When to Fertilize Grass in Florida. Florida's fickle weather patterns often present the home landscaper with many challenges, and maintaining a healthy lawn in Florida requires some careful attention. Homeowners should not experience problems if they follow some easy lawn care tips, paying special heed to fertilizing during the proper seasons....
Florida's fickle weather patterns often present the home landscaper with many challenges, and maintaining a healthy lawn in Florida requires some careful attention. Homeowners should not experience problems if they follow some easy lawn care tips, paying special heed to fertilizing during the proper seasons. Balanced feedings with a 16-4-8 fertilizer can help guarantee a healthy, pest-free lawn, while the use of iron sulfate will supply a green color when desired.
Types of Grass Grown in Florida
The most common lawn grasses cultivated in Florida are St. Augustine and varieties of Bahia. Bahia grass is the most drought-tolerant and should be cultivated in regions subject to dry spells. St. Augustine is known for its salt tolerance, doing well in coastal areas. The denser soils of northern Florida support centipede grass, which spreads like St. Augustine. Bermuda and zoysia grasses are similar to the fine-bladed examples seen in northern areas of the United States.
Fertilizing St. Augustine Grasses
These popular grasses should be fed every two months during spring and summer. A good schedule is to feed St. Augustine lawns in March, May, July and September. The fertilizer should be used at the rate of 6 lbs. for every 1,000 square feet of lawn. As with all lawns, attention to color rather than aggressive growth will help prevent too-frequent mowing. A height of 3 to 4 inches is recommended for this grass.
Fertilizing Bahia Grasses
Bahia grass comes in varieties such as Argentine, Paraguay 22 and Pensacola. Its feeding requirements are similar to those of St. Augustine, and the grass presents the home landscaper with few problems. The height of these grasses should be maintained similar to that of St. Augustine, keeping it mowed before the grass reaches 4 inches.
Fertilizing Centipede Grass
Though not considered as attractive as St. Augustine or Bahia grasses, this common cover provides a fast-growing, relatively inexpensive lawn. It can be fed in March and July. While subject more than other grasses to the ravages of nematodes, it can be kept healthy with fertilizer. Keep it mowed to a height of not more than 2 inches.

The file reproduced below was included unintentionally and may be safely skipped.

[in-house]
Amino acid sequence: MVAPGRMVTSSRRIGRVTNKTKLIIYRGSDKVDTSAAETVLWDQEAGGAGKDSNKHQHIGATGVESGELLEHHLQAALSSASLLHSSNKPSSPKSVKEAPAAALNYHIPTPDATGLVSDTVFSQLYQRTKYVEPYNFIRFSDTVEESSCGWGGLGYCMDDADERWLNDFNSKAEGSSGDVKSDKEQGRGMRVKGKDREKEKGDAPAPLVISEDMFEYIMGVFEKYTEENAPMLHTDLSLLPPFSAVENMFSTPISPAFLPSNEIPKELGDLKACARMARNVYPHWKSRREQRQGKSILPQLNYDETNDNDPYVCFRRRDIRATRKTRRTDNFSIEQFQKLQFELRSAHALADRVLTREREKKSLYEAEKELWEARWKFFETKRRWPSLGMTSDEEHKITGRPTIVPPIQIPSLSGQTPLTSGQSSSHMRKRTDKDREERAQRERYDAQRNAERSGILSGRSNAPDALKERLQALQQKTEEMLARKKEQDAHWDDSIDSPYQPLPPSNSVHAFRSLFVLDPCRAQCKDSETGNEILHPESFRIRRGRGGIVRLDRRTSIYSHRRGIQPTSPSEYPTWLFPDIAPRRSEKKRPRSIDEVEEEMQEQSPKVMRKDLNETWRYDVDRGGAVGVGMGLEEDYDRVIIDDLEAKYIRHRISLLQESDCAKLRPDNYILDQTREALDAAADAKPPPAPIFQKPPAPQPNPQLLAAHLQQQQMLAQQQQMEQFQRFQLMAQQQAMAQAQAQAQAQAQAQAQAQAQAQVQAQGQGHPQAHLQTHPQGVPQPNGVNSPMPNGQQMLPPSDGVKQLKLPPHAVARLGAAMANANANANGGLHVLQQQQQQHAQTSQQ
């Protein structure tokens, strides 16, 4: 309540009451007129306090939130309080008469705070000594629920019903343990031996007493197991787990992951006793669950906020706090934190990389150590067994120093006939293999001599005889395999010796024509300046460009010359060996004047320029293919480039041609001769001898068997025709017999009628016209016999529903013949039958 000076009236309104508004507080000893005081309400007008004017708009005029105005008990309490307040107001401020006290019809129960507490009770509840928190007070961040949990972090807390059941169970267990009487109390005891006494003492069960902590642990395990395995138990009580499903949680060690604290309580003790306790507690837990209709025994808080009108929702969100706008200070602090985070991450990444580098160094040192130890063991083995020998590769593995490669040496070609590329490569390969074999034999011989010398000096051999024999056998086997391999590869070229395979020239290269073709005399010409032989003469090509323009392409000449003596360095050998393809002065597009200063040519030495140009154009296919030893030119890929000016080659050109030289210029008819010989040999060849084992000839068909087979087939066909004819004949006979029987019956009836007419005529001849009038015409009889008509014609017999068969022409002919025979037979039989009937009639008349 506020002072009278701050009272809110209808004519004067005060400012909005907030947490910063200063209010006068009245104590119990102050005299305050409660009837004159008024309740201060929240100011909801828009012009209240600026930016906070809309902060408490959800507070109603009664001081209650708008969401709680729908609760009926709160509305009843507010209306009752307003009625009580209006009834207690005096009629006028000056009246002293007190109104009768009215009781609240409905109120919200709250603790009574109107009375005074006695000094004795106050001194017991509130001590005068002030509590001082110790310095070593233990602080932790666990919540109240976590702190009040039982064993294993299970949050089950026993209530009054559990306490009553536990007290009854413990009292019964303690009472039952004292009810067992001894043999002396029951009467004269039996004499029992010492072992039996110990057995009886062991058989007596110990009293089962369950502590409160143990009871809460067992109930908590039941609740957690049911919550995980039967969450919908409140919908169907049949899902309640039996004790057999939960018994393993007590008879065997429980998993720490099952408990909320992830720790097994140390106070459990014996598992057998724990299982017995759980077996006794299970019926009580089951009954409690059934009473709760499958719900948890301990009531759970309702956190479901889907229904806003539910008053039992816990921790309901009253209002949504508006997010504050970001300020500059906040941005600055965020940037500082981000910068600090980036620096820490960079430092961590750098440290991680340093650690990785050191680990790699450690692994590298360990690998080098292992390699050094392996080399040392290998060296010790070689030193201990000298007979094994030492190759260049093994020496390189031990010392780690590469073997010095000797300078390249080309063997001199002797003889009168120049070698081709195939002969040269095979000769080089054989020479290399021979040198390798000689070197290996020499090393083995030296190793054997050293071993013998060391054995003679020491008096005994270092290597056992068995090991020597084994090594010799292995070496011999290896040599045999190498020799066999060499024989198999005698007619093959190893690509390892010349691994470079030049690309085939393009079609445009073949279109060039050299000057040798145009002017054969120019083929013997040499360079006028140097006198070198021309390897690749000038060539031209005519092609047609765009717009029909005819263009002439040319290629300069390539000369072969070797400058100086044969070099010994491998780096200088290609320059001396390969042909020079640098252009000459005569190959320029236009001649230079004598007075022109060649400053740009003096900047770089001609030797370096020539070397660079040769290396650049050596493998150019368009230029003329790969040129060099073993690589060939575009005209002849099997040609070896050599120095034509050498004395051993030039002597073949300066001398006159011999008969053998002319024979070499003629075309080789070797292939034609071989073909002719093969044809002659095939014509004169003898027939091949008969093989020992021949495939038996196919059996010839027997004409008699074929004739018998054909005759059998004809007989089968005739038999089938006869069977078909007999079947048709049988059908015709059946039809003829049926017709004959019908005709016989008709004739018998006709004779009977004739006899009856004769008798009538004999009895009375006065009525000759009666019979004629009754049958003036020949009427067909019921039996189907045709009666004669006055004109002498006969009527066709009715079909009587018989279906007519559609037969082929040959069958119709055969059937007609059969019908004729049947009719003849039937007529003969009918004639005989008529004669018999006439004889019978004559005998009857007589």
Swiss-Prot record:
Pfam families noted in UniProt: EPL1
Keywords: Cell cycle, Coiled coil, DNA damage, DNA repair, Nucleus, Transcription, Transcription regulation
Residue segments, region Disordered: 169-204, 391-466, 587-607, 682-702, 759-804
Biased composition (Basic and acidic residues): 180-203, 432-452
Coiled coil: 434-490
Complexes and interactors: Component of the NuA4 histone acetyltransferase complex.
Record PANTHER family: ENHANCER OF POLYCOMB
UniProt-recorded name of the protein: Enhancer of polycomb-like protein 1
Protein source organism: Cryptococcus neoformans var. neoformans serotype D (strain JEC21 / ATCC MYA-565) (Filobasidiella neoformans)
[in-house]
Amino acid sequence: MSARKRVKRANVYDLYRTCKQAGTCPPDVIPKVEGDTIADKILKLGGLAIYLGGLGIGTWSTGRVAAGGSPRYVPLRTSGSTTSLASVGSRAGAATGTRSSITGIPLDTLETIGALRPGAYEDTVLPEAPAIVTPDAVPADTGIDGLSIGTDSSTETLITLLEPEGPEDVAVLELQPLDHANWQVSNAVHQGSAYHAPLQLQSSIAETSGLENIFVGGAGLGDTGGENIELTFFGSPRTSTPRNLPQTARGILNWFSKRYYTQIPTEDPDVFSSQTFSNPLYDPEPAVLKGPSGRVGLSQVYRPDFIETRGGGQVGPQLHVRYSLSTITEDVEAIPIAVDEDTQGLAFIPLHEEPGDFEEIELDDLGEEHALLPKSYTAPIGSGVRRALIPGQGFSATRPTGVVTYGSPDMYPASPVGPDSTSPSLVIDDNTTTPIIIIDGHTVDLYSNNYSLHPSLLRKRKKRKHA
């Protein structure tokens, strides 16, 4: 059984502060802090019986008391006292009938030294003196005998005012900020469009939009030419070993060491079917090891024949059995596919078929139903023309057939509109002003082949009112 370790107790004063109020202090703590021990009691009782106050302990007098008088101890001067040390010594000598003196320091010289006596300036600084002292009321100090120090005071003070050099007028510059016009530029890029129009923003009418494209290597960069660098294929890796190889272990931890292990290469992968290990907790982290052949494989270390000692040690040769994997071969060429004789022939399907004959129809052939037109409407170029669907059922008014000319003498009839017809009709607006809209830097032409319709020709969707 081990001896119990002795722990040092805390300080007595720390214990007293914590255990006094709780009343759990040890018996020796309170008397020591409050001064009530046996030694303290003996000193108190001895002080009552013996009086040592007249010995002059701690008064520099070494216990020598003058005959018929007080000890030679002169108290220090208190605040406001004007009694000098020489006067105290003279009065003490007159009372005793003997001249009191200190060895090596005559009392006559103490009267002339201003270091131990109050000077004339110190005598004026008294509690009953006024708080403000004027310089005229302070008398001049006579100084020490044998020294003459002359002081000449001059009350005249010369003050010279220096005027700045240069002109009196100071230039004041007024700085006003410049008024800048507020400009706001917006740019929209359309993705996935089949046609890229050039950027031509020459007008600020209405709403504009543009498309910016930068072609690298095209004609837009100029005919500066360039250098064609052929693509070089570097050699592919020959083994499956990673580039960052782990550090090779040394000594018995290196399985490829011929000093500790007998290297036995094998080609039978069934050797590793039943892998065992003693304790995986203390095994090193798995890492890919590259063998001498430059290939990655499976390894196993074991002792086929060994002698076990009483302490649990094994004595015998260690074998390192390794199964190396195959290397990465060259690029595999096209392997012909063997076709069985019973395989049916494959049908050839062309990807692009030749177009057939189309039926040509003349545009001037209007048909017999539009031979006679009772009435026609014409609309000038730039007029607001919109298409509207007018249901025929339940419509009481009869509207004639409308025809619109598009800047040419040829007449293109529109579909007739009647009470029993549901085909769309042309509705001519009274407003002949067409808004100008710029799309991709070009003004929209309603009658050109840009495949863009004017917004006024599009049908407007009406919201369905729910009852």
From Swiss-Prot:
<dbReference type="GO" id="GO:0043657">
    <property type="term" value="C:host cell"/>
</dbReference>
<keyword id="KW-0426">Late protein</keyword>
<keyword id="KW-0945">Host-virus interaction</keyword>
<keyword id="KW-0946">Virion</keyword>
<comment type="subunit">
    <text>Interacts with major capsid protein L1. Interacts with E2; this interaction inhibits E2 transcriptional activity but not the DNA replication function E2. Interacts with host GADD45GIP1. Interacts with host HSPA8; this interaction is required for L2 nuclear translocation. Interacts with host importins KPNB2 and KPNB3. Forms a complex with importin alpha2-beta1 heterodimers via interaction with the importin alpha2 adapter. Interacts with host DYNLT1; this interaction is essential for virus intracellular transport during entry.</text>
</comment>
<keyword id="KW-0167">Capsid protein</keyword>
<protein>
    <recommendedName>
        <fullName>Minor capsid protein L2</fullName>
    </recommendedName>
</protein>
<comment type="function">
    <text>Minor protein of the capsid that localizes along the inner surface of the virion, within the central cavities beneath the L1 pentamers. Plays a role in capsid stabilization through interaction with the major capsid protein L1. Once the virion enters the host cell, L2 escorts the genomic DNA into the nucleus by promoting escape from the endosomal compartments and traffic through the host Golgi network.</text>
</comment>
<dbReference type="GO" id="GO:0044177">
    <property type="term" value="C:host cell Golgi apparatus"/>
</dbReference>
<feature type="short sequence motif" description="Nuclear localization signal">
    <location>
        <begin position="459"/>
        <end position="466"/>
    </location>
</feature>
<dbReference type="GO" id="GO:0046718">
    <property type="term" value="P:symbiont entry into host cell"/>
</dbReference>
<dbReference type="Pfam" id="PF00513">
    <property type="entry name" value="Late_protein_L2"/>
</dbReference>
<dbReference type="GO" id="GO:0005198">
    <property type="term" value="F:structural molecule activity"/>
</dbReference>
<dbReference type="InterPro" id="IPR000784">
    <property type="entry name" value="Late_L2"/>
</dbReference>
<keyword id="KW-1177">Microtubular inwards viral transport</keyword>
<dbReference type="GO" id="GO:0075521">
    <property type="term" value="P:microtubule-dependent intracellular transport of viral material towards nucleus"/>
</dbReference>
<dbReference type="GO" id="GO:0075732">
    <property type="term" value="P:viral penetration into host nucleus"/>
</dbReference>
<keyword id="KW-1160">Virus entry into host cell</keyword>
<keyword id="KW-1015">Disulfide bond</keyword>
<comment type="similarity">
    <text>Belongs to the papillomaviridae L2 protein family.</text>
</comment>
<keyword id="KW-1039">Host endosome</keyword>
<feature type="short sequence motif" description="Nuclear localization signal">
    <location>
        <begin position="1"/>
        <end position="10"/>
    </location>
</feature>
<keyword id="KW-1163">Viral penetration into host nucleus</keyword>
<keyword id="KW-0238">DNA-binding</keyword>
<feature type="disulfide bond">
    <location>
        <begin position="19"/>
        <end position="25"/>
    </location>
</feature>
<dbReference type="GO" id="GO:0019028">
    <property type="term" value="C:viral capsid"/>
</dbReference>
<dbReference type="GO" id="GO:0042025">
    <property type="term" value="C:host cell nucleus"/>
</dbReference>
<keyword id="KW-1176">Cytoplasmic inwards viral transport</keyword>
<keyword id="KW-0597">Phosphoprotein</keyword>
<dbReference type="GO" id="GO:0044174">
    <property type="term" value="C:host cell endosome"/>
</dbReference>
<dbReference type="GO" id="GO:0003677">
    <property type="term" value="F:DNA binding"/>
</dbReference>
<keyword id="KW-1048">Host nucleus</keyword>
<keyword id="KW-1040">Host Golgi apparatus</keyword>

Fertilizing Bermuda Grasses
Ormond, Tiflawn and Tifway are the varieties of Bermuda grass found in Florida. It is recommended that they be fertilized over the course of the year, specifically during January, March, April, June, July, September, October and December. Note that a one-month rest period occurs after a two-month application of fertilizer.
Fertilizing Zoysia Grasses
It is recommended that feedings during March, April, June, September, and November be adhered to. Like centipede and Bermuda grasses, zoysia is prone to attack by nematodes. Meyer and Emerald are two of the varieties of zoysia grass grown in Florida.
Adding Iron Sulfate
Applications of iron sulfate will help maintain a green color in lawns without causing excessive growth. It should be applied twice during the hottest summer month, when heavy rains promote fast growth and relentless sunshine causes lawns to fade. Follow the directions on the package to determine the amount of chemical to be applied. As with any chemicals added to the environment, all lawn enhancers should be used carefully according to local recommendations and restrictions.
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